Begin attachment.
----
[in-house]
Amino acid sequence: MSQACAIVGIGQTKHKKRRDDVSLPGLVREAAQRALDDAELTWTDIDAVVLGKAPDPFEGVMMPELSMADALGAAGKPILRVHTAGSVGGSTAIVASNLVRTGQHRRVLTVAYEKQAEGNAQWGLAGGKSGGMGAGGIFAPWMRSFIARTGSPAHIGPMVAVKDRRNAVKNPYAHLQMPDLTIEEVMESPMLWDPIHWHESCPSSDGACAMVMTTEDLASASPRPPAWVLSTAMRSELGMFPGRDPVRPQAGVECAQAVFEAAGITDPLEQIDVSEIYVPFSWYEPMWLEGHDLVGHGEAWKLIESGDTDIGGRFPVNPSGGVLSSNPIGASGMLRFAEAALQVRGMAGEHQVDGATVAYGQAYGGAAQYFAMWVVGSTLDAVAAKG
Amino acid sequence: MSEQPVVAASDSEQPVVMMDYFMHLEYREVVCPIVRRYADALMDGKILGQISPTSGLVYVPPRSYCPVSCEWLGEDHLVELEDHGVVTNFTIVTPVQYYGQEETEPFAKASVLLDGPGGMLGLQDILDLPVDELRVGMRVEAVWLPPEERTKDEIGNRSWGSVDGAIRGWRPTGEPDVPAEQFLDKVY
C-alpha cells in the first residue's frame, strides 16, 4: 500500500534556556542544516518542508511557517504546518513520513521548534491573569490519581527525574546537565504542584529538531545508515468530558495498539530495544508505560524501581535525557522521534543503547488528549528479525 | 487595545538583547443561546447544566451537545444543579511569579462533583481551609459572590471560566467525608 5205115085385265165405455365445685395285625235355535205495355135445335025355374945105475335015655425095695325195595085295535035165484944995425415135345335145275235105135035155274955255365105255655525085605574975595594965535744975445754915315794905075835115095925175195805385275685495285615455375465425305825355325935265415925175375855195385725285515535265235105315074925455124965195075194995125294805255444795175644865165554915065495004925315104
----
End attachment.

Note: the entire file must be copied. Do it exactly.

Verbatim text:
[in-house]
Amino acid sequence: MSQACAIVGIGQTKHKKRRDDVSLPGLVREAAQRALDDAELTWTDIDAVVLGKAPDPFEGVMMPELSMADALGAAGKPILRVHTAGSVGGSTAIVASNLVRTGQHRRVLTVAYEKQAEGNAQWGLAGGKSGGMGAGGIFAPWMRSFIARTGSPAHIGPMVAVKDRRNAVKNPYAHLQMPDLTIEEVMESPMLWDPIHWHESCPSSDGACAMVMTTEDLASASPRPPAWVLSTAMRSELGMFPGRDPVRPQAGVECAQAVFEAAGITDPLEQIDVSEIYVPFSWYEPMWLEGHDLVGHGEAWKLIESGDTDIGGRFPVNPSGGVLSSNPIGASGMLRFAEAALQVRGMAGEHQVDGATVAYGQAYGGAAQYFAMWVVGSTLDAVAAKG
Amino acid sequence: MSEQPVVAASDSEQPVVMMDYFMHLEYREVVCPIVRRYADALMDGKILGQISPTSGLVYVPPRSYCPVSCEWLGEDHLVELEDHGVVTNFTIVTPVQYYGQEETEPFAKASVLLDGPGGMLGLQDILDLPVDELRVGMRVEAVWLPPEERTKDEIGNRSWGSVDGAIRGWRPTGEPDVPAEQFLDKVY
C-alpha cells in the first residue's frame, strides 16, 4: 500500500534556556542544516518542508511557517504546518513520513521548534491573569490519581527525574546537565504542584529538531545508515468530558495498539530495544508505560524501581535525557522521534543503547488528549528479525 | 487595545538583547443561546447544566451537545444543579511569579462533583481551609459572590471560566467525608 5205115085385265165405455365445685395285625235355535205495355135445335025355374945105475335015655425095695325195595085295535035165484944995425415135345335145275235105135035155274955255365105255655525085605574975595594965535744975445754915315794905075835115095925175195805385275685495285615455375465425305825355325935265415925175375855195385725285515535265235105315074925455124965195075194995125294805255444795175644865165554915065495004925315104